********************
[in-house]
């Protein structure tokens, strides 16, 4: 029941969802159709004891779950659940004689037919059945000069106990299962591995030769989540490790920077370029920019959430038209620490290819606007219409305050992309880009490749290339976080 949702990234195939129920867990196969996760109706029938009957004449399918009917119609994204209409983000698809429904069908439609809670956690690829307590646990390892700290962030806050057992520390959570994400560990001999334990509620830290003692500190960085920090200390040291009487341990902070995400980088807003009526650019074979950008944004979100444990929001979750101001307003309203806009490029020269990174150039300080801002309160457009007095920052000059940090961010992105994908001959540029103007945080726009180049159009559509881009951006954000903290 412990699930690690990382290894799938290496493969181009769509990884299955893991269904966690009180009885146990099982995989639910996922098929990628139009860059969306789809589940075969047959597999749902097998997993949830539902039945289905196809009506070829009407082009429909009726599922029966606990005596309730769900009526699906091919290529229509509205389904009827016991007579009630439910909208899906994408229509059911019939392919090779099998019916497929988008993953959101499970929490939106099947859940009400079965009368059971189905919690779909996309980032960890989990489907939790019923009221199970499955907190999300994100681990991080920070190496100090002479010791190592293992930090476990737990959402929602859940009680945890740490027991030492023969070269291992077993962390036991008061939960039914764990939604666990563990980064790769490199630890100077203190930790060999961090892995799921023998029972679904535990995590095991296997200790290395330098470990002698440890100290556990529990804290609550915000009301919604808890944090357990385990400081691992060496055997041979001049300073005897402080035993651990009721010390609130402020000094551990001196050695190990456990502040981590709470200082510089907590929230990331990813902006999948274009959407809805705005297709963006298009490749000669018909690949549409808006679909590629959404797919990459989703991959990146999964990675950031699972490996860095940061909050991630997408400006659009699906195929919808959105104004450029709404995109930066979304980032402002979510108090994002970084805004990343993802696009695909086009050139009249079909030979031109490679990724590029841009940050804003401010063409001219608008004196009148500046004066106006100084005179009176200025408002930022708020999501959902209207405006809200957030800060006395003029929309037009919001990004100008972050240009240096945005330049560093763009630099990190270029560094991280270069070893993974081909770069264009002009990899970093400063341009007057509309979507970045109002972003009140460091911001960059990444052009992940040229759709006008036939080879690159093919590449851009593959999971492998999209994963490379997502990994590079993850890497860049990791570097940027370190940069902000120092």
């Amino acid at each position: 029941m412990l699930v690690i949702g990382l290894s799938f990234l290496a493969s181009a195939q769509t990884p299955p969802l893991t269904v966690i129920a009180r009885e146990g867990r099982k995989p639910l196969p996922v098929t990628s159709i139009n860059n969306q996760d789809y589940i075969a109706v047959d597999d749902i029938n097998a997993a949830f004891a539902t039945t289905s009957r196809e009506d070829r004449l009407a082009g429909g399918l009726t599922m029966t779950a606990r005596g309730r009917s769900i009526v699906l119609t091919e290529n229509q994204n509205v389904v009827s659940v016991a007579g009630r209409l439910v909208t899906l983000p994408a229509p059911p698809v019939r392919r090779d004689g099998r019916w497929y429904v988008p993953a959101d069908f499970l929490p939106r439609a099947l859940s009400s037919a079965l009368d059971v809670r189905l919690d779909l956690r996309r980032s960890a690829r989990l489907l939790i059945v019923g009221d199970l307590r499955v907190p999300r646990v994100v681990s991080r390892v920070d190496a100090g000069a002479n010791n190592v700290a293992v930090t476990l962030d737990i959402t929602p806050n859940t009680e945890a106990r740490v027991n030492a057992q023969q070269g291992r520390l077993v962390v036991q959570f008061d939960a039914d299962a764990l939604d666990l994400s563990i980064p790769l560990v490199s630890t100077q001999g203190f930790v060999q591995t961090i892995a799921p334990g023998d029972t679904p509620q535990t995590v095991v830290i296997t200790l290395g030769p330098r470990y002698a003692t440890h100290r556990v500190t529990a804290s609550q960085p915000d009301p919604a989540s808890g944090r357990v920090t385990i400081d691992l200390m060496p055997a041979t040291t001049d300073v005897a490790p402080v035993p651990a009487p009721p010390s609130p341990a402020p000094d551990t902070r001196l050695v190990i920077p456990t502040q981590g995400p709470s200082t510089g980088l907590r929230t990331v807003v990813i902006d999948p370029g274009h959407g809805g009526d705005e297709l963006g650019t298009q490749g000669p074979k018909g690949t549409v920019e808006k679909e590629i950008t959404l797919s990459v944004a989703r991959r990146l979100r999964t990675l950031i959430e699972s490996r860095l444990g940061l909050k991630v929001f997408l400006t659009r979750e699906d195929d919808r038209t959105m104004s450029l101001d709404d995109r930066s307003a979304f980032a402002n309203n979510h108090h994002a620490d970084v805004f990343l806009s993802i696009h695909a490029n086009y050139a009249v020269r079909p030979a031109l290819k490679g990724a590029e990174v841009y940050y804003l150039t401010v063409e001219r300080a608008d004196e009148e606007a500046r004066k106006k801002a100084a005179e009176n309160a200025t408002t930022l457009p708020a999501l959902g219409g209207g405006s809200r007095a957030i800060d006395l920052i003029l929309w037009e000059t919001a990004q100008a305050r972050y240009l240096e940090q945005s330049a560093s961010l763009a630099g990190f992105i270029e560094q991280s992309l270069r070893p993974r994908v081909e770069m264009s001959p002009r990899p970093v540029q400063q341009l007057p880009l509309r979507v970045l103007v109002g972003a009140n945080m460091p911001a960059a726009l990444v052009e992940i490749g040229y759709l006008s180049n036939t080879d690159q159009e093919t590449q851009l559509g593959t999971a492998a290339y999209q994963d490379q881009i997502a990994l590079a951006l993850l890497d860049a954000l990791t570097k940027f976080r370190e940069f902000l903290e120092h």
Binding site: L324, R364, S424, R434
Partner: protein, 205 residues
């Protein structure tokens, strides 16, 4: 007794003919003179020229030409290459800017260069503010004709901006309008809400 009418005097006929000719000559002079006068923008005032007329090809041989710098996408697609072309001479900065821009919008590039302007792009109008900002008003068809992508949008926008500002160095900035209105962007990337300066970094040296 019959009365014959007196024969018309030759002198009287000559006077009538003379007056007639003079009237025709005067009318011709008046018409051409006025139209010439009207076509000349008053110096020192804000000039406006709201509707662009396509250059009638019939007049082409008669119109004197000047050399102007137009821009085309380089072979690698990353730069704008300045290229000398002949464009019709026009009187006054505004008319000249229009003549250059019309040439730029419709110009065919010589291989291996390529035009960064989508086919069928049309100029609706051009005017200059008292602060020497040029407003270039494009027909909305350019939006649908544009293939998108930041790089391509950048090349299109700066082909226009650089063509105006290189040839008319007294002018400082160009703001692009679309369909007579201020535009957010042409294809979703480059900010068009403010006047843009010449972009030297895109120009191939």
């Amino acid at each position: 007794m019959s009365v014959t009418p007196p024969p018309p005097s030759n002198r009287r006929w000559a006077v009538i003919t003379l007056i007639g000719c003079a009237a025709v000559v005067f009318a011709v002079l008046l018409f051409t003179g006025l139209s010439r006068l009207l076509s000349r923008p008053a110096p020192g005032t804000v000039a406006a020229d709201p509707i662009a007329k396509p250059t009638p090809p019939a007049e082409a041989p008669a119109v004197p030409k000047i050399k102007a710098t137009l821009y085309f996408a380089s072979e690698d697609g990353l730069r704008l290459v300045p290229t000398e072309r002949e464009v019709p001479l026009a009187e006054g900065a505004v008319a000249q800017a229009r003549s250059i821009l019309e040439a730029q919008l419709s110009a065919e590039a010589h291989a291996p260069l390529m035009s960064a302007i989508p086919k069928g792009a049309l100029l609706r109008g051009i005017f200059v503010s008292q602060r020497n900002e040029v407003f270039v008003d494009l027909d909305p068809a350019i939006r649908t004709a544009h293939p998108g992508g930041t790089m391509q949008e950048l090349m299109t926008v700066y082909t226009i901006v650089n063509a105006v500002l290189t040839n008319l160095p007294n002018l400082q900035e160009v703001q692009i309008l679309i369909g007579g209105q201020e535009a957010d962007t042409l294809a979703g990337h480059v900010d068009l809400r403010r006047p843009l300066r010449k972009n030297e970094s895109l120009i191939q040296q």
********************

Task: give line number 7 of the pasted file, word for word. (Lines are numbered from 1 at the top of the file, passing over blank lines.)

């Amino acid at each position: 007794m019959s009365v014959t009418p007196p024969p018309p005097s030759n002198r009287r006929w000559a006077v009538i003919t003379l007056i007639g000719c003079a009237a025709v000559v005067f009318a011709v002079l008046l018409f051409t003179g006025l139209s010439r006068l009207l076509s000349r923008p008053a110096p020192g005032t804000v000039a406006a020229d709201p509707i662009a007329k396509p250059t009638p090809p019939a007049e082409a041989p008669a119109v004197p030409k000047i050399k102007a710098t137009l821009y085309f996408a380089s072979e690698d697609g990353l730069r704008l290459v300045p290229t000398e072309r002949e464009v019709p001479l026009a009187e006054g900065a505004v008319a000249q800017a229009r003549s250059i821009l019309e040439a730029q919008l419709s110009a065919e590039a010589h291989a291996p260069l390529m035009s960064a302007i989508p086919k069928g792009a049309l100029l609706r109008g051009i005017f200059v503010s008292q602060r020497n900002e040029v407003f270039v008003d494009l027909d909305p068809a350019i939006r649908t004709a544009h293939p998108g992508g930041t790089m391509q949008e950048l090349m299109t926008v700066y082909t226009i901006v650089n063509a105006v500002l290189t040839n008319l160095p007294n002018l400082q900035e160009v703001q692009i309008l679309i369909g007579g209105q201020e535009a957010d962007t042409l294809a979703g990337h480059v900010d068009l809400r403010r006047p843009l300066r010449k972009n030297e970094s895109l120009i191939q040296q």